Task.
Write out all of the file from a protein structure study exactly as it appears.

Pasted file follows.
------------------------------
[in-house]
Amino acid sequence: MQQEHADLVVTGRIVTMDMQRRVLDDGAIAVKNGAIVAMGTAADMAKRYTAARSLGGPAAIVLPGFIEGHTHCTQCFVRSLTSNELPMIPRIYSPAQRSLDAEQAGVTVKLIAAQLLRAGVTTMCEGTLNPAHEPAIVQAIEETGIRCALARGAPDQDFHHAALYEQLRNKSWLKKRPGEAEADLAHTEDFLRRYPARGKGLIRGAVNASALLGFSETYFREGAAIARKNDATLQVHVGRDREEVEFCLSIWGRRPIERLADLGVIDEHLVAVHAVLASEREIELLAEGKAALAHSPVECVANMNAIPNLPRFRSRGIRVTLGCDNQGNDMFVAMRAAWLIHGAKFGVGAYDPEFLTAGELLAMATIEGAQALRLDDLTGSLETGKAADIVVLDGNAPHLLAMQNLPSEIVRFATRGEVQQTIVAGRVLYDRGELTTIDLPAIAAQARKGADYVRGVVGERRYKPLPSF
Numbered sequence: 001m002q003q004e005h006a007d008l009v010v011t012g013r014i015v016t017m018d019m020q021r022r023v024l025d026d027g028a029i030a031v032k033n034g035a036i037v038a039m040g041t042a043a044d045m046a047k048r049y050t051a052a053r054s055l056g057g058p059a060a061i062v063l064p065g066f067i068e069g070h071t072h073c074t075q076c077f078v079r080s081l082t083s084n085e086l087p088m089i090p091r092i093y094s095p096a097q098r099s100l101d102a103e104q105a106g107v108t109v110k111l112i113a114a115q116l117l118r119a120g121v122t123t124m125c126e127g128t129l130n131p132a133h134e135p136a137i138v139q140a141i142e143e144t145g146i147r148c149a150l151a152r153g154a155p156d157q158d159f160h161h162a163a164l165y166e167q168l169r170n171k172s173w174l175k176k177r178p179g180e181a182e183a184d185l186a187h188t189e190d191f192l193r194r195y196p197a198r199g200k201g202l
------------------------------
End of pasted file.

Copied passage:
[in-house]
Amino acid sequence: MQQEHADLVVTGRIVTMDMQRRVLDDGAIAVKNGAIVAMGTAADMAKRYTAARSLGGPAAIVLPGFIEGHTHCTQCFVRSLTSNELPMIPRIYSPAQRSLDAEQAGVTVKLIAAQLLRAGVTTMCEGTLNPAHEPAIVQAIEETGIRCALARGAPDQDFHHAALYEQLRNKSWLKKRPGEAEADLAHTEDFLRRYPARGKGLIRGAVNASALLGFSETYFREGAAIARKNDATLQVHVGRDREEVEFCLSIWGRRPIERLADLGVIDEHLVAVHAVLASEREIELLAEGKAALAHSPVECVANMNAIPNLPRFRSRGIRVTLGCDNQGNDMFVAMRAAWLIHGAKFGVGAYDPEFLTAGELLAMATIEGAQALRLDDLTGSLETGKAADIVVLDGNAPHLLAMQNLPSEIVRFATRGEVQQTIVAGRVLYDRGELTTIDLPAIAAQARKGADYVRGVVGERRYKPLPSF
Numbered sequence: 001m002q003q004e005h006a007d008l009v010v011t012g013r014i015v016t017m018d019m020q021r022r023v024l025d026d027g028a029i030a031v032k033n034g035a036i037v038a039m040g041t042a043a044d045m046a047k048r049y050t051a052a053r054s055l056g057g058p059a060a061i062v063l064p065g066f067i068e069g070h071t072h073c074t075q076c077f078v079r080s081l082t083s084n085e086l087p088m089i090p091r092i093y094s095p096a097q098r099s100l101d102a103e104q105a106g107v108t109v110k111l112i113a114a115q116l117l118r119a120g121v122t123t124m125c126e127g128t129l130n131p132a133h134e135p136a137i138v139q140a141i142e143e144t145g146i147r148c149a150l151a152r153g154a155p156d157q158d159f160h161h162a163a164l165y166e167q168l169r170n171k172s173w174l175k176k177r178p179g180e181a182e183a184d185l186a187h188t189e190d191f192l193r194r195y196p197a198r199g200k201g202l